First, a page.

It’s 2 am and I’m wide awake after just a few hours sleep and my body is firmly convinced that it is time to be up and about. Jet lag is indeed a wonderful thing!
My flight arrived on time at 1.30 pm, local time, after travelling from Sydney to Auckland (which took 2 1/2 hours) and then a flight sector of a little over 11 hours from Auckland to here. Aerolinias Argentinus provides quite a comfortable flight, but it has some obvious differences to the airlines in our region – I noticed that the door to the flight deck was frequently open, there was less concern by the cabin crew about seats being upright for landing, there was no drinks service before the meals and the service levels were generally lower than I have generally experienced.
We flew a circle route just north of Antarctica and crossed the South American coast over Patagonia. We then followed an arc which took us north though Central Southern Argentina. I couldn’t see the Andes because of cloud, but for most of the time it was quite clear. Southern Argentina looks from the air, to be similar to our outback country. It is flat, dry and quite eroded. There were a number of dry mud flats of varying size. I found out that this area is mainly used for growing sheep, and like the outback,it has a carrying capacity of only about 1 sheep to the hectare. My geographic knowledge tells me this area is in a rain shadow – all the rain falling on the western side of the Andes the east of the Andes.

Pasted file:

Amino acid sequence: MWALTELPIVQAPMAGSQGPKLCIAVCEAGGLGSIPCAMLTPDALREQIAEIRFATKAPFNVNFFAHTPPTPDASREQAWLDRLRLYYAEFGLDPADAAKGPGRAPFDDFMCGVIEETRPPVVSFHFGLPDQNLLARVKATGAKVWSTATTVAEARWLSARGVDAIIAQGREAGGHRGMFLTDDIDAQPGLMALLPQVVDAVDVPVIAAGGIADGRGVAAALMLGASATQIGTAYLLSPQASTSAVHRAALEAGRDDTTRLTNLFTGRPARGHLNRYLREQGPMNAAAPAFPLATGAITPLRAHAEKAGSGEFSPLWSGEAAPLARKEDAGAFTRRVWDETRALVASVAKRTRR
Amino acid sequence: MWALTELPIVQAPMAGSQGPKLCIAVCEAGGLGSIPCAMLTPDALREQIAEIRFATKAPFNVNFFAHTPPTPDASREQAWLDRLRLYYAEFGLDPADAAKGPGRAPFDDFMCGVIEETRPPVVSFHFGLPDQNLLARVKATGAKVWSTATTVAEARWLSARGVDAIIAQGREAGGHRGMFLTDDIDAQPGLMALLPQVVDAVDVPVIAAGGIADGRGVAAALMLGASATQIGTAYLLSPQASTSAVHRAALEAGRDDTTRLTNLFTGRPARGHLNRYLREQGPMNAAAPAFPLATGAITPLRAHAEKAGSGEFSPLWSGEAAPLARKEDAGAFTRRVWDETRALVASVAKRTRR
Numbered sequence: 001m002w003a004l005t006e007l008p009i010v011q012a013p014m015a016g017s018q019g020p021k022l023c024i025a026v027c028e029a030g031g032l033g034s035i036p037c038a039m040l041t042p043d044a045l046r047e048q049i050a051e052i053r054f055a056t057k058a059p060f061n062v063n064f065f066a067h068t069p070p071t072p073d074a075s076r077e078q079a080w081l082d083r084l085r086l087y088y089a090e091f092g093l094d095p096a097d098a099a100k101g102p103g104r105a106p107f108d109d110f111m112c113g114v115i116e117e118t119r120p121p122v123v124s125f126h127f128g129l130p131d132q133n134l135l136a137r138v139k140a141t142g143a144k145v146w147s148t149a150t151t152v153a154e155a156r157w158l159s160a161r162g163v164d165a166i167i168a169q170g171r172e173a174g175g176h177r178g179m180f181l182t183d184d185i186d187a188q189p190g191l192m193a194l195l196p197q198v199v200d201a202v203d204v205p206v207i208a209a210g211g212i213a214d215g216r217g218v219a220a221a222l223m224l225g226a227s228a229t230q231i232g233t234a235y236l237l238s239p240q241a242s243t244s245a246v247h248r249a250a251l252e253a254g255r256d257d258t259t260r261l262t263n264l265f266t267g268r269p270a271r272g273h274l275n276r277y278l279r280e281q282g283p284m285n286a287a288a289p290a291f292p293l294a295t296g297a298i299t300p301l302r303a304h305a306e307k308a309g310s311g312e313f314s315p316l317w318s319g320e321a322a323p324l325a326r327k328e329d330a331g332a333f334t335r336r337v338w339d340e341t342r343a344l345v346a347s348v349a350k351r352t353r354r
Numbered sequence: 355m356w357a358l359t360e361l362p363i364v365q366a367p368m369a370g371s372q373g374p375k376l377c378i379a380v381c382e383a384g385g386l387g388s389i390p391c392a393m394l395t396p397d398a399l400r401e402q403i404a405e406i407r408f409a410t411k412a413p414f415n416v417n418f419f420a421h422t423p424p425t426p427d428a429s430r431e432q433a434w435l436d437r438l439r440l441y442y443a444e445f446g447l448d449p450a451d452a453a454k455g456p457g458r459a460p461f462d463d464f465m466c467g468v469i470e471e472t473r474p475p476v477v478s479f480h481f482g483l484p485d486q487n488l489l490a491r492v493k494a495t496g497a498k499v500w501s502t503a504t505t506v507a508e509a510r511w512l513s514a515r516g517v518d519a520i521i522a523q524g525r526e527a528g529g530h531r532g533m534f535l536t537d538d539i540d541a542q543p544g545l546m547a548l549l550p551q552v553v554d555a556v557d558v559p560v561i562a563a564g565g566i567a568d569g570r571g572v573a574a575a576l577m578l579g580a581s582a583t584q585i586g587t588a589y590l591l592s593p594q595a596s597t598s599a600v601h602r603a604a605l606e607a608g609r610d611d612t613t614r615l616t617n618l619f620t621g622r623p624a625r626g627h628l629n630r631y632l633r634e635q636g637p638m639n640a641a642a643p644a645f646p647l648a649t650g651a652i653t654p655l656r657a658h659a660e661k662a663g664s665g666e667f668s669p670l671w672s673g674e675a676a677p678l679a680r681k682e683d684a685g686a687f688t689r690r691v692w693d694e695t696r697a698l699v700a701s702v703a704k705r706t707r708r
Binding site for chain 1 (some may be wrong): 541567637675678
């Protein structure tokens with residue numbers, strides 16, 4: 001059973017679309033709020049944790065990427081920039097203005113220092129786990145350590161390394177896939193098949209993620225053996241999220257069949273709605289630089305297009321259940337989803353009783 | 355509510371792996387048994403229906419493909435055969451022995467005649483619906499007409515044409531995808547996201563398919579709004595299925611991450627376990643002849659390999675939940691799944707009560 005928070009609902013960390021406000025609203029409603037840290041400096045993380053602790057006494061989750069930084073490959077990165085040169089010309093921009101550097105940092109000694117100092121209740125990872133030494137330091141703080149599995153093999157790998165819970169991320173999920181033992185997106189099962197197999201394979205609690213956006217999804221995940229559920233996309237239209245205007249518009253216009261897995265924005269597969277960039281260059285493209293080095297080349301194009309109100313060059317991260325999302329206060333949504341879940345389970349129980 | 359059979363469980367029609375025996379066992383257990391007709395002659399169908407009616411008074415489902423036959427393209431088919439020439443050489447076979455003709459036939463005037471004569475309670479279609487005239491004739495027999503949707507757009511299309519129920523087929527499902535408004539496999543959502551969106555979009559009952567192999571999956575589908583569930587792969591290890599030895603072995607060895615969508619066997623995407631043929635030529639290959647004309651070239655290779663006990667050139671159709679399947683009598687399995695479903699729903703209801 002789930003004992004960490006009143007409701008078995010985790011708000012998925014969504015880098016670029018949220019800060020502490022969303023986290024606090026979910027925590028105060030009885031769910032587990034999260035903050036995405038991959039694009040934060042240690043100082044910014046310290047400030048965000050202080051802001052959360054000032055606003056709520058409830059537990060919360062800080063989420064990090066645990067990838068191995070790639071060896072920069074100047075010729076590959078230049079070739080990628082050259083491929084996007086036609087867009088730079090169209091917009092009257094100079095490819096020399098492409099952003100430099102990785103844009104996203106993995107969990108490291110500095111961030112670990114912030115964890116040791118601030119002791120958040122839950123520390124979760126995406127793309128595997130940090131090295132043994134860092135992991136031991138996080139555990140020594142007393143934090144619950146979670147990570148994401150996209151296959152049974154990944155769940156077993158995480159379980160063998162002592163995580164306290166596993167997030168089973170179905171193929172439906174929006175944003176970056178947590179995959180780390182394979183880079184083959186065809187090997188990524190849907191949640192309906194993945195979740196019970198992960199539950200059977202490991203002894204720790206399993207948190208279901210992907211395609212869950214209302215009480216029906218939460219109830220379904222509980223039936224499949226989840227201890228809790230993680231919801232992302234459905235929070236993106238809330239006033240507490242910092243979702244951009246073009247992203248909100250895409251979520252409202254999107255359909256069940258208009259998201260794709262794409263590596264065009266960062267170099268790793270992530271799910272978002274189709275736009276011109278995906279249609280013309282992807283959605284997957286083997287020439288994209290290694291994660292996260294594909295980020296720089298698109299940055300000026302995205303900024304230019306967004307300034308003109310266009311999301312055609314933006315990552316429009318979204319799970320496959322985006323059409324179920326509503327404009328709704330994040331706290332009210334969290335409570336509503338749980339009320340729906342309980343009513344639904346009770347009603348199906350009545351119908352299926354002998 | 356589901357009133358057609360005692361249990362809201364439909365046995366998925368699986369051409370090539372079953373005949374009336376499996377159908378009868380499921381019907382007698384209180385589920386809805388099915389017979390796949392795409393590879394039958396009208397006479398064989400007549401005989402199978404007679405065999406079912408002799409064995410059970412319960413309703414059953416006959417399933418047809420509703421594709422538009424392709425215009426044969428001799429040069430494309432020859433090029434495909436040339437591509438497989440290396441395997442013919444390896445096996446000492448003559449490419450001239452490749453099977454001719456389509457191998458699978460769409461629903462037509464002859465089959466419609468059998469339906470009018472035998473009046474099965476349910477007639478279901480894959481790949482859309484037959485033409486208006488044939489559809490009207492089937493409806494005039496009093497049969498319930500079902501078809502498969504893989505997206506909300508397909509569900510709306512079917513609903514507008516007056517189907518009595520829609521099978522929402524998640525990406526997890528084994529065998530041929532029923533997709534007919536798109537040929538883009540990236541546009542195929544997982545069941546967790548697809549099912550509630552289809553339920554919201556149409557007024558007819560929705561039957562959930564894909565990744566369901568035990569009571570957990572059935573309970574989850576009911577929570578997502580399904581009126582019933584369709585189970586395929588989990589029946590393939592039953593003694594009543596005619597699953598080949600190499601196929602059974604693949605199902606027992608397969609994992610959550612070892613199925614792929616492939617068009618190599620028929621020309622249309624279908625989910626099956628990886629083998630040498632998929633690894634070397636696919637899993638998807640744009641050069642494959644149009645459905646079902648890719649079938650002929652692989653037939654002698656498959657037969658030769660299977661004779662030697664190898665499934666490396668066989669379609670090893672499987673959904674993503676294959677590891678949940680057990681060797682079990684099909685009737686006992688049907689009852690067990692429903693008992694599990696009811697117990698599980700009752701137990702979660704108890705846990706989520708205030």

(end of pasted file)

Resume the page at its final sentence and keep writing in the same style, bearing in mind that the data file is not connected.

Further north, I could see a more developed network of roads with an occasional spot from which less major roads radiated like the spokes of a wheel. These were ranches and it reinforced the similarity to our outback. As we approached Buenos Aries, it became very cloudy and we lost the view. We seemed to descend for a very long time though cloud and rain. The weather for our arrival was 24 degrees raining and humid.
I am sharing a room with Patrick, a nice fellow in his sixties from Hobart. So far our group for the Patagonian section of my, trip consists of me, Patrick, an elderly English woman, Anne and our guide Romano. We have two other people joining us when we get to El Calafete, making our group five in total.
We had an initial briefing with Romano last night dinner in a very nice restaurant. The meal was as nice as I have had anywhere and the total cost for four(including wine) was only 300 pesos. This equals about $133. (2.25 pesos to the A$). The wine we had was cheap – but it was excellent. I think that I am going to enjoy the Argentinean reds!
I’m looking forward to seeing more of BA as we go, but so far it seems to have a nice feel to it. I have seen a number of impressive buildings, but there are clearly a lot of poor people here. About half the population lives below the poverty line. A primary school teacher gets paid about 900 pesos per month.
From a very superficial overview, Buenos Aries looks and feels, like the city of 12 million people that if is. My hotel is on the Main boulevard – Avenue 9th of July – and even at this time I can hear constant traffic noise. This road has 7 lanes in each direction plus a service lane on each side of 3 extra lanes.
Well, so far I’m off to a good start. I’m going to try to get back to sleep and be ready for a day tour of the city tomorrow. I’ll probably upload this blog after breakfast.
One thought on “Arrived in Buenos Aries”
Great to see yolu have had a good start, Bruce. Please have a glass of red for me.
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